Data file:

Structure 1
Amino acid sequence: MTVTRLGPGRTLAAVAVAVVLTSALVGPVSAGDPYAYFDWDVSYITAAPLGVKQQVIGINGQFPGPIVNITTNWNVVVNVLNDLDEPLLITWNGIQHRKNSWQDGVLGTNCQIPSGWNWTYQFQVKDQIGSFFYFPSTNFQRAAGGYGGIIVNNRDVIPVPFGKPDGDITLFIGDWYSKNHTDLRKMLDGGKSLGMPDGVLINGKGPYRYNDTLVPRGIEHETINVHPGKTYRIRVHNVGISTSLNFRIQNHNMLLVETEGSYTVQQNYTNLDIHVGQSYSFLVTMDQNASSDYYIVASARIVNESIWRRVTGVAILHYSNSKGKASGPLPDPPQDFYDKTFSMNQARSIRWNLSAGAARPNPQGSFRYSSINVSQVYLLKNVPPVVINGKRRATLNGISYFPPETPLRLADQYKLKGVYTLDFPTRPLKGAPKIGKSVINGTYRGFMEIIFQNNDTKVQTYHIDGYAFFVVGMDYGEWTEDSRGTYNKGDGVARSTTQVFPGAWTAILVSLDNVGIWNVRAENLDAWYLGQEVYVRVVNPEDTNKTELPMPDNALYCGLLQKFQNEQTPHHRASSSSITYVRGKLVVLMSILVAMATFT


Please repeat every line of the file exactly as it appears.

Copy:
Structure 1
Amino acid sequence: MTVTRLGPGRTLAAVAVAVVLTSALVGPVSAGDPYAYFDWDVSYITAAPLGVKQQVIGINGQFPGPIVNITTNWNVVVNVLNDLDEPLLITWNGIQHRKNSWQDGVLGTNCQIPSGWNWTYQFQVKDQIGSFFYFPSTNFQRAAGGYGGIIVNNRDVIPVPFGKPDGDITLFIGDWYSKNHTDLRKMLDGGKSLGMPDGVLINGKGPYRYNDTLVPRGIEHETINVHPGKTYRIRVHNVGISTSLNFRIQNHNMLLVETEGSYTVQQNYTNLDIHVGQSYSFLVTMDQNASSDYYIVASARIVNESIWRRVTGVAILHYSNSKGKASGPLPDPPQDFYDKTFSMNQARSIRWNLSAGAARPNPQGSFRYSSINVSQVYLLKNVPPVVINGKRRATLNGISYFPPETPLRLADQYKLKGVYTLDFPTRPLKGAPKIGKSVINGTYRGFMEIIFQNNDTKVQTYHIDGYAFFVVGMDYGEWTEDSRGTYNKGDGVARSTTQVFPGAWTAILVSLDNVGIWNVRAENLDAWYLGQEVYVRVVNPEDTNKTELPMPDNALYCGLLQKFQNEQTPHHRASSSSITYVRGKLVVLMSILVAMATFT